What Happened to Hotel Mudlavia?
Harry L. Kramer developed a hotel, called Hotel Mudlavia on December 25, 1890.
In its heyday, it drew many notable guests from all over the world. The hotel had a golf course, a tennis course, and its own chapel. Unfortunately, the building was destroyed by fire on February 1920.
In the 1960s, a smaller building was built and served as a rest home called “Pleasant Valley Lodge.”
It was also mysteriously burned down in 1968. The last resurrection came in 1971 when the site was developed as Mudlavia Restaurant, but it was also destroyed by fire in 1974.
Could it be cursed? The residents in nearby towns believe so. There were also rumors of discarded bodies found in the wells of the property.
The latest owner of the site is Perrier Water Co., which bottles and sells the water from the springs.
- Address: Hindostan Falls, Indiana 47581
- Things to know before Visiting: You can visit the old Hindostan Falls by going to the Indiana State Fishing and Recreation area.
Hindostan Falls was founded in 1816 in southwest-central Indiana.
It was the largest settlement in the state with about 1200 residents. At the time, the town had its own hotel, a post office, two mills, houseboats, and a whetstone factory.
The popularity had its pros and cons.
With more and more people wanting to visit Hindostan Falls, and its strategic location along the stagecoach route (between New Albany and Vincennes), the town was thriving.
Unfortunately, the surge in visitors also made the town open to carriers of disease. An epidemic of yellow fever eventually destroyed the town.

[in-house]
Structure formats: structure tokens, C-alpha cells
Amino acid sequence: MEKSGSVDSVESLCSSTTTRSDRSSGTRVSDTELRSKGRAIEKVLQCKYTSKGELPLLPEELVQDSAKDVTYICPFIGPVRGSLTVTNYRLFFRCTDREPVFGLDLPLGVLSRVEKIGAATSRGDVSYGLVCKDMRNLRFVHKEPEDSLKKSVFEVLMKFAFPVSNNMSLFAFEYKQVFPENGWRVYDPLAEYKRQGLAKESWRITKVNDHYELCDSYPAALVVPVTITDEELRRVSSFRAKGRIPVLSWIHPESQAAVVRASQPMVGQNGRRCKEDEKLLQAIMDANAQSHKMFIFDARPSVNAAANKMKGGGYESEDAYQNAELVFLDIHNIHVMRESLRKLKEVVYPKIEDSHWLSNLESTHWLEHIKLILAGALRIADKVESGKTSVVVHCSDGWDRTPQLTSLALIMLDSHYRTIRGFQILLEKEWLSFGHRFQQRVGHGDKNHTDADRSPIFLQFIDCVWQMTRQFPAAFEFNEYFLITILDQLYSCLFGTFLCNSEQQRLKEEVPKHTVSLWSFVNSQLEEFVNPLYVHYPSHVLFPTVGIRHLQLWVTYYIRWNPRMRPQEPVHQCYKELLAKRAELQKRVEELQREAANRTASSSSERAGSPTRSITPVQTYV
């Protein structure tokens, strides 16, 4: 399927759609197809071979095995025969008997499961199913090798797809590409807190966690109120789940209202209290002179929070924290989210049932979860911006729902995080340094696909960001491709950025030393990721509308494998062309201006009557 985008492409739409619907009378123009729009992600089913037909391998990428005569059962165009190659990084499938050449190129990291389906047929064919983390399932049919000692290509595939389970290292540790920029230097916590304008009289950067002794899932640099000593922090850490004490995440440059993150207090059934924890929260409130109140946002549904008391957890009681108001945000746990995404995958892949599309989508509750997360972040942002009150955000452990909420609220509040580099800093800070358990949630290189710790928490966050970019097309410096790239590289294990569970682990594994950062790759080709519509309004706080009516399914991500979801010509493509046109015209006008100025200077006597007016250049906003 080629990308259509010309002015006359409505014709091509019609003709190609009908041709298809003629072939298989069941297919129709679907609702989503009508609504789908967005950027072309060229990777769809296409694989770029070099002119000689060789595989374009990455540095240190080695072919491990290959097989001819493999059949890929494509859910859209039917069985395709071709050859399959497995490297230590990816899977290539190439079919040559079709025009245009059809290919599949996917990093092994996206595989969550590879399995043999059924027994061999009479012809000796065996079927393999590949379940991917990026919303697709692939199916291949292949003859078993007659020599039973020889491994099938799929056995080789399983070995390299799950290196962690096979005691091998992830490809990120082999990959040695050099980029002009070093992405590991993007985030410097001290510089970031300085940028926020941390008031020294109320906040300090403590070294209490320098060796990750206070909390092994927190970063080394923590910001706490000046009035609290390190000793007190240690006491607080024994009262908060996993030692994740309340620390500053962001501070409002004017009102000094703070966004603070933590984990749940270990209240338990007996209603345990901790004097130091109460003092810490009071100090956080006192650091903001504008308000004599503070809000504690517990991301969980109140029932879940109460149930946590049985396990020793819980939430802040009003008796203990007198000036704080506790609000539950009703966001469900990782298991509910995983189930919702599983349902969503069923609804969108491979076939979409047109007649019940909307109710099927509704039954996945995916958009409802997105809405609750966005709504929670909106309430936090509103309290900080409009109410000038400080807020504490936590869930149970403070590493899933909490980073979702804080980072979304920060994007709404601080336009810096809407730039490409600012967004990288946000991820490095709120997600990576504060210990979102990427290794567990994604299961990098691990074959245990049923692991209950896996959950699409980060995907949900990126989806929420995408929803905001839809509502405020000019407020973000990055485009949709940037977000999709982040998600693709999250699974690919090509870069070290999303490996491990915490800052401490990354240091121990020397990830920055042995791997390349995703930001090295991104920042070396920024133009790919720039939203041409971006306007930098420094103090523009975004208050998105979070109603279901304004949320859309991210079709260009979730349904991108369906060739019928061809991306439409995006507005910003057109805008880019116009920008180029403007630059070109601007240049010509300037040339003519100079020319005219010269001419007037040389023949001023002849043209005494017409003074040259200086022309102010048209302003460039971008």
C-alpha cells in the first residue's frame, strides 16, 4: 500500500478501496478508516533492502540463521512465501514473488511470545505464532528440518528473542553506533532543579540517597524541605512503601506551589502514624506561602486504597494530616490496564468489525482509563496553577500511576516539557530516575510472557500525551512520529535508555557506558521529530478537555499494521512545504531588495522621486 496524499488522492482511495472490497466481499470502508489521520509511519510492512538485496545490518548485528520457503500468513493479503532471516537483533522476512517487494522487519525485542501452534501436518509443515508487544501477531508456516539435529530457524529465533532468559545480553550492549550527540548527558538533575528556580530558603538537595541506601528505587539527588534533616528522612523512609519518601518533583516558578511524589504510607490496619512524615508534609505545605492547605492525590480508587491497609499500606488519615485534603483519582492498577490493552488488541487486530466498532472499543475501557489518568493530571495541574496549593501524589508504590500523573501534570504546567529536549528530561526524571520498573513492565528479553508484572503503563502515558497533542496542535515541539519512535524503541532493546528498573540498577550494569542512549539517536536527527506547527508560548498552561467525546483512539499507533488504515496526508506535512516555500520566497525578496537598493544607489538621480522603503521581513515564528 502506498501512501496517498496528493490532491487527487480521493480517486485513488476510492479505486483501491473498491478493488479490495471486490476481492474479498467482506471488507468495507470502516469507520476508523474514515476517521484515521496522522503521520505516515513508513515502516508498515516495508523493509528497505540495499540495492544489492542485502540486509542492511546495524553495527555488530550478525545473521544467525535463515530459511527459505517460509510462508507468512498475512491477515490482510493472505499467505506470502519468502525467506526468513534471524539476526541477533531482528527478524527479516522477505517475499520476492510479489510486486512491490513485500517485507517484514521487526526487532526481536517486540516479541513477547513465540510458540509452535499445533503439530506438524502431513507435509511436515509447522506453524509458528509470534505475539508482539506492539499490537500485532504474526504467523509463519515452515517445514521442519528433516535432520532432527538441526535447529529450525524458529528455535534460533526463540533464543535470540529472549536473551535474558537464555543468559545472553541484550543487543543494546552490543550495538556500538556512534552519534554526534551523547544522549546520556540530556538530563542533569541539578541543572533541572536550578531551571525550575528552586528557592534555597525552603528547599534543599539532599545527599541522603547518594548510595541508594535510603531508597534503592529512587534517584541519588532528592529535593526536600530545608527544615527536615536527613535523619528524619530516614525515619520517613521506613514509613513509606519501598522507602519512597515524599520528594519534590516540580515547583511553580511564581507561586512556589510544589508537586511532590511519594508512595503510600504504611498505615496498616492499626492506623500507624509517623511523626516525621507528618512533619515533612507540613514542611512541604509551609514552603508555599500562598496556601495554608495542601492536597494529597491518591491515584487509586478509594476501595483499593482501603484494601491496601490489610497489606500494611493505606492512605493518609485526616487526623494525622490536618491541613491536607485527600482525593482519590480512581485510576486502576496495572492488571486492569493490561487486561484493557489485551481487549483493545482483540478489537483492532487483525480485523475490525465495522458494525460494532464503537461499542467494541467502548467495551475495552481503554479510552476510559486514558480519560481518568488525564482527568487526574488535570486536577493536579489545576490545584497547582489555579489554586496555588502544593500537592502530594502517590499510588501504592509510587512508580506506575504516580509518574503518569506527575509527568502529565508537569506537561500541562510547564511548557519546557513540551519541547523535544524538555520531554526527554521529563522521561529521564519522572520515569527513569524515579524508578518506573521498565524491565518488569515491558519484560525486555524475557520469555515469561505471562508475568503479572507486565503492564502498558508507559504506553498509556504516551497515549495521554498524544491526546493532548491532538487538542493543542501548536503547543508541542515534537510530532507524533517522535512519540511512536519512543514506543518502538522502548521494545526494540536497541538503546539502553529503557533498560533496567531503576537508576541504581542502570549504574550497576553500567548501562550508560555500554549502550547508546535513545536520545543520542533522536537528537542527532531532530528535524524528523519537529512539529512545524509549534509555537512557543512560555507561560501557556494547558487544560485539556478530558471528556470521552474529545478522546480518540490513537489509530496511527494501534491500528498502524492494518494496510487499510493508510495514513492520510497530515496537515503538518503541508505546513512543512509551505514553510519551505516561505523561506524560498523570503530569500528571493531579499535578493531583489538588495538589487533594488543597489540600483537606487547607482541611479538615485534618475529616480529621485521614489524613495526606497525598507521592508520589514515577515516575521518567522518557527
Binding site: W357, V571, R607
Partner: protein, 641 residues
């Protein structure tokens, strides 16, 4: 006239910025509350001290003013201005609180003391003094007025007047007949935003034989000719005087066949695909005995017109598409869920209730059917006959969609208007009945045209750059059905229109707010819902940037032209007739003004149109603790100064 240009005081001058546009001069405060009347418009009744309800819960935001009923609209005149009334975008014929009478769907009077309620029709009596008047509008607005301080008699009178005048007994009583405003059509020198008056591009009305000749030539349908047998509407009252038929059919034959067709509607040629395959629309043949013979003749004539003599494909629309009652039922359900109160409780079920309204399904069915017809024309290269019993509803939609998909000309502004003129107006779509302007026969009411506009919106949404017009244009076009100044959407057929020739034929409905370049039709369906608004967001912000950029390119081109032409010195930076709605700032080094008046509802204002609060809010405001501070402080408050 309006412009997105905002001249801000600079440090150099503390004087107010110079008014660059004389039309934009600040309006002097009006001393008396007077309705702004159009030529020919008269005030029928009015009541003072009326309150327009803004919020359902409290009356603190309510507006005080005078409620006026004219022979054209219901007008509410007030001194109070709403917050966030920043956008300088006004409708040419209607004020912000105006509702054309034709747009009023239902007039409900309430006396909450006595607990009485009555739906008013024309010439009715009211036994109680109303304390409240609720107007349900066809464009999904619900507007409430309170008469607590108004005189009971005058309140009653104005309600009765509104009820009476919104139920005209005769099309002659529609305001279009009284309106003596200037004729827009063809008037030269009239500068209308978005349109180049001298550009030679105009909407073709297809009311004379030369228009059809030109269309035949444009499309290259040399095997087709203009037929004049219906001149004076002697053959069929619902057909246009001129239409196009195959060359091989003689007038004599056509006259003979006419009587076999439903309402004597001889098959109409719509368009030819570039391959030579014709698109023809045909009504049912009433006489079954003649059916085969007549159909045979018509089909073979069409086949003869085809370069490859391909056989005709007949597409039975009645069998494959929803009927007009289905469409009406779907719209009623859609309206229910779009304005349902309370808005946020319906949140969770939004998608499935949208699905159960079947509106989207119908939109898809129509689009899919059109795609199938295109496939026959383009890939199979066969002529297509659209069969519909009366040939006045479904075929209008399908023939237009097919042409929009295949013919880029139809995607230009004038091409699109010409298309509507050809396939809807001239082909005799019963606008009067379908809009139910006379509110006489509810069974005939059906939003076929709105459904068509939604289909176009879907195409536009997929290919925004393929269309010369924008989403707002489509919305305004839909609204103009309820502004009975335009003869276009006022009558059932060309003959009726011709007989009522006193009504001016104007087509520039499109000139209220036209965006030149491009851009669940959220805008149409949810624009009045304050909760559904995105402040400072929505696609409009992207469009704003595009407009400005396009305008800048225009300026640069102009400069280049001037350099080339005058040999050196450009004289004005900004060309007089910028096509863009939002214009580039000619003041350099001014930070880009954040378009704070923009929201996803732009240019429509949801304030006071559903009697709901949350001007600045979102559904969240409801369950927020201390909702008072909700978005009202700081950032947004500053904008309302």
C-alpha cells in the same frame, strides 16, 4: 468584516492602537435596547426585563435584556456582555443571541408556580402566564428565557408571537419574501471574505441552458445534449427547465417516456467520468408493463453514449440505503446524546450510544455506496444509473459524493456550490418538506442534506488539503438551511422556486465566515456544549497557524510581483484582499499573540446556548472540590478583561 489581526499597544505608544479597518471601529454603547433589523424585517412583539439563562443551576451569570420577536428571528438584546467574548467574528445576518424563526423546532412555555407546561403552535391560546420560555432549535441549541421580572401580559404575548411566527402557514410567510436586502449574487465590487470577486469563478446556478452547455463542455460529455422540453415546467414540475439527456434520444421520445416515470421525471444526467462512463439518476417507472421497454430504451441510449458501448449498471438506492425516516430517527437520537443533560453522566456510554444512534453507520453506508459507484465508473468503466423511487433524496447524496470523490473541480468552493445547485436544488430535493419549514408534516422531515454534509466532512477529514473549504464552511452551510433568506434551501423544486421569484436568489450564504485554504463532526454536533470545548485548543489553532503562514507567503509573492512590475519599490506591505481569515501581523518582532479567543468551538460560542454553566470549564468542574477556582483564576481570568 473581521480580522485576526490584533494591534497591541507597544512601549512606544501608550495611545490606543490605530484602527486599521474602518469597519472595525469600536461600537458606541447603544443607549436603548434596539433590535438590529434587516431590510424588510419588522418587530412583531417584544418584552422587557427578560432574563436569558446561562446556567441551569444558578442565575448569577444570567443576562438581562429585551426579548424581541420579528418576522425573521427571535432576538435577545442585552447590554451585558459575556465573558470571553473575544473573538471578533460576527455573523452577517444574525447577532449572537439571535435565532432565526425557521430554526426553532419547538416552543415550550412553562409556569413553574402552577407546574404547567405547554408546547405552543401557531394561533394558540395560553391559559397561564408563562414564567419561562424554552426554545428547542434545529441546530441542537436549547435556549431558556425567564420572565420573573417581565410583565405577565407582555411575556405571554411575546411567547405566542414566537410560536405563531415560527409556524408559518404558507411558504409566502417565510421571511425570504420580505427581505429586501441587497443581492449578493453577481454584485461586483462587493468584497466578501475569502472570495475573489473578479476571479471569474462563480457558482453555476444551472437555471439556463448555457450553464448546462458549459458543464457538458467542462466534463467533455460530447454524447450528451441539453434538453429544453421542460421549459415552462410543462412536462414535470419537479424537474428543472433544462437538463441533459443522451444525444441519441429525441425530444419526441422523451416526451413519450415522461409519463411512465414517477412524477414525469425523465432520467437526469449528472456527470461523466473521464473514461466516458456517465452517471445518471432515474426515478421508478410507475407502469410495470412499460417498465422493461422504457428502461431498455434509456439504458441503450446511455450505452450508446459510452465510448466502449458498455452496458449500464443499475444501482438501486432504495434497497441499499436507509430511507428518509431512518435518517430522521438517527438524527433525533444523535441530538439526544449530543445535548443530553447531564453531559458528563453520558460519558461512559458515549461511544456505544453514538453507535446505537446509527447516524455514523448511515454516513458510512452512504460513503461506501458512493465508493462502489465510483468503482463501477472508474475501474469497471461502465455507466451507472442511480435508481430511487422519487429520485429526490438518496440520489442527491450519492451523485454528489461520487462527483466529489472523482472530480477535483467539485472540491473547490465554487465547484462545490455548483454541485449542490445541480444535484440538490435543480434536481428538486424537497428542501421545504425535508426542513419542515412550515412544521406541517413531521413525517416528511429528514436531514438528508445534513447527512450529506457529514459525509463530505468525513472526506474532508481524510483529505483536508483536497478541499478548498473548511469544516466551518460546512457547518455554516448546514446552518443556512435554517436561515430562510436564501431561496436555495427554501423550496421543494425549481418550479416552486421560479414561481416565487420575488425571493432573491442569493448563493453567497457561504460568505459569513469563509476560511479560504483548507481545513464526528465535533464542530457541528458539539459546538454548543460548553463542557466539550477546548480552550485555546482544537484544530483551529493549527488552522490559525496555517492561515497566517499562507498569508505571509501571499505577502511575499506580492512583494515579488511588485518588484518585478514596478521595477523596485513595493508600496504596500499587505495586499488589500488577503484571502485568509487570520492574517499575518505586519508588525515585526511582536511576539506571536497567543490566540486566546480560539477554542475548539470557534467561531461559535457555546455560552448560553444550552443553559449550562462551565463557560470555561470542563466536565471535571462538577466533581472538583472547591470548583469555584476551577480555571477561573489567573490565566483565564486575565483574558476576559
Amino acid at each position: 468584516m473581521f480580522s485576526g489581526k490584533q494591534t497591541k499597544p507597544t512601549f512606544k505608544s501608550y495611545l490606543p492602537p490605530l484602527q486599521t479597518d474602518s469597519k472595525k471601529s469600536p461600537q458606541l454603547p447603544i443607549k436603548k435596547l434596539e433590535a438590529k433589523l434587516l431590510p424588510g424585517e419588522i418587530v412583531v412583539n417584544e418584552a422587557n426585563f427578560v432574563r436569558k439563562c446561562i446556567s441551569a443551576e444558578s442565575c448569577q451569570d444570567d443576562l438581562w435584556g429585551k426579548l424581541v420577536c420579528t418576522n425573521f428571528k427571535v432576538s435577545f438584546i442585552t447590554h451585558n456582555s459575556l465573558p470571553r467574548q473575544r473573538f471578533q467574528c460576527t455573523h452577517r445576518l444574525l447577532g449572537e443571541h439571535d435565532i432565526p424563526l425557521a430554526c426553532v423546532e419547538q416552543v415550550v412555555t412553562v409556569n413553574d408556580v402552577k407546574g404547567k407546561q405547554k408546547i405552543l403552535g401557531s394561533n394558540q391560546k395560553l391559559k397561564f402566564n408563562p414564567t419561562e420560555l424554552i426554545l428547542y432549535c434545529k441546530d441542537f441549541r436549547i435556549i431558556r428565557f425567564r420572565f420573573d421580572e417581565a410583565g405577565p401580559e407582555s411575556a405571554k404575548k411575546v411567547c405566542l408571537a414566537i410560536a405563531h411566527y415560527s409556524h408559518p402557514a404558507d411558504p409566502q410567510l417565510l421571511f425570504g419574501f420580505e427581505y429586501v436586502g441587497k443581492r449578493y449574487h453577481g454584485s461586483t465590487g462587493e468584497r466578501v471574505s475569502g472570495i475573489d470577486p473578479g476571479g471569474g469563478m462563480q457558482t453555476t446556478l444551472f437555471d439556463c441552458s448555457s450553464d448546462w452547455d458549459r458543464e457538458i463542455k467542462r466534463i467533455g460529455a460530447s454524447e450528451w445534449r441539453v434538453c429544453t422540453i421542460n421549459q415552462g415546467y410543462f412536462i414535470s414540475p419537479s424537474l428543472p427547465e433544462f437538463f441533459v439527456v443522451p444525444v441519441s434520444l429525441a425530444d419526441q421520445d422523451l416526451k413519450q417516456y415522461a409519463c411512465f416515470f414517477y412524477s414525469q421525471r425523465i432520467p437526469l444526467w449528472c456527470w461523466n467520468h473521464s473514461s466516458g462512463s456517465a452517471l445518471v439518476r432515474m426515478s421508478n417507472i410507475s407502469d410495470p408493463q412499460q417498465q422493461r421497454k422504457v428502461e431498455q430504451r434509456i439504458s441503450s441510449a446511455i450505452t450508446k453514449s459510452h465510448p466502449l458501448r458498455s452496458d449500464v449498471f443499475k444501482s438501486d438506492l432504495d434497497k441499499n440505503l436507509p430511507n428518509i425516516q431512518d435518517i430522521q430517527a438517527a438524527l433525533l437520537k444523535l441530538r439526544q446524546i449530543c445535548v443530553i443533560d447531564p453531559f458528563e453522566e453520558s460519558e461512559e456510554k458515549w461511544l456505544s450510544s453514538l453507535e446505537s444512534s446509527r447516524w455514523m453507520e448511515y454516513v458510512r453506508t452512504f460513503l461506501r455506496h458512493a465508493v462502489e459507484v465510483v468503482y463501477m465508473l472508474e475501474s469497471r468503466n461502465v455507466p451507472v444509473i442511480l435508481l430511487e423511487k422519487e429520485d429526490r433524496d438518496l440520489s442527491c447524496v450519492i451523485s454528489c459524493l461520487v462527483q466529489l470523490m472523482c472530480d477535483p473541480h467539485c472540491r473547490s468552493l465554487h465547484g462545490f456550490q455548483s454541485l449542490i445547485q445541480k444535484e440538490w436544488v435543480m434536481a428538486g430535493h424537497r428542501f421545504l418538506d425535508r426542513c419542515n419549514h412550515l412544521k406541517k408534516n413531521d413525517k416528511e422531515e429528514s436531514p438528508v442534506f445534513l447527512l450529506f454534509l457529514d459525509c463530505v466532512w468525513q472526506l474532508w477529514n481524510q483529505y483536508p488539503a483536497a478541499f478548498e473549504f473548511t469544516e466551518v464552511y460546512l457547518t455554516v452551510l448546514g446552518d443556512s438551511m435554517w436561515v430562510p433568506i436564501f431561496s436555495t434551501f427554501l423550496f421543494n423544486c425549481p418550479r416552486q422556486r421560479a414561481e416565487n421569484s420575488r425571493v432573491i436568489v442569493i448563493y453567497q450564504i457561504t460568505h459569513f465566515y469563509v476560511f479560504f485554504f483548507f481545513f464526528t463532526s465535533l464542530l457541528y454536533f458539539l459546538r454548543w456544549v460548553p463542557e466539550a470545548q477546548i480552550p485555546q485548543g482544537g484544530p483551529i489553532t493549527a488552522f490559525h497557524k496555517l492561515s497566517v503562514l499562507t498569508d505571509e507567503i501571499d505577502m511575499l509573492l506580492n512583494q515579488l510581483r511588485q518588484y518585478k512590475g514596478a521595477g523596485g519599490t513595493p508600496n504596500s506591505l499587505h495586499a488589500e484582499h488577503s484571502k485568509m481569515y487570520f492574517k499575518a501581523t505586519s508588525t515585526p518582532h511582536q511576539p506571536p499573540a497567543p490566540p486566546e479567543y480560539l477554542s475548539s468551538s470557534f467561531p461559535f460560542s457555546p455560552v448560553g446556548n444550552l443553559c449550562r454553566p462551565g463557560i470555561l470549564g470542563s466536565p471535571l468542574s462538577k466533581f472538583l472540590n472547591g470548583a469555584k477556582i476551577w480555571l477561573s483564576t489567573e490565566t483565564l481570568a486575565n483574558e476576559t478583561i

Many Hindostan Falls residents died, while the rest fled away from the disease.
There’s a famous rumor that an official buried the town’s gold underground, hoping to go back to dig it out, but he also succumbed to the plague.
Today, you can still see abandoned buildings and the town’s old cemetery, but most of them reverted to forest.
- Address: Gary, Lake Country, Indiana
- Things to know before Visiting: Many structures can be visited, but be wary of old buildings.
Out of all the ghost towns of Indiana, Gary is unique because we actually witnessed how it was abandoned and slowly turning into a full-fledged ghost town.
Founded in 1906, the city of Gary, Indiana had been a thriving steel town for decades. At the time, Gary Works factory attracted many Americans (from out of state) and immigrants looking for stable, evergreen job.
In 1970, Gary Works employed over 30,000. At the start of the 1990s, this was just 6,000.
Unfortunately, the city had its peak in the 60s and slowly lost the steel industry to overseas competition.
People still live in Gary… but with poverty plaguing the city and no major source of income left (they depended just on one industry), the city wasn’t able to recover despite the local government’s attempt at diversifying into other industries.
About a third of structures in Gary are now unoccupied.
Beyond Ghost Towns of Indiana: Things to do around the state
Feeling tourist-y? Here are the top 20 things to do and see around Indiana.
If you want to explore Indiana, the best way to do it is through nature. The lakes in Indiana offer so many under-the-sun activities for locals and visitors alike. For the thrill-seekers, Indiana’s caverns can definitely give you adventurous satisfaction.
For history and architecture buffs, don’t miss Indiana’s rustic and unique covered bridges.
Of course, if you’re on the hunt for the most haunted places in America, check out these posts: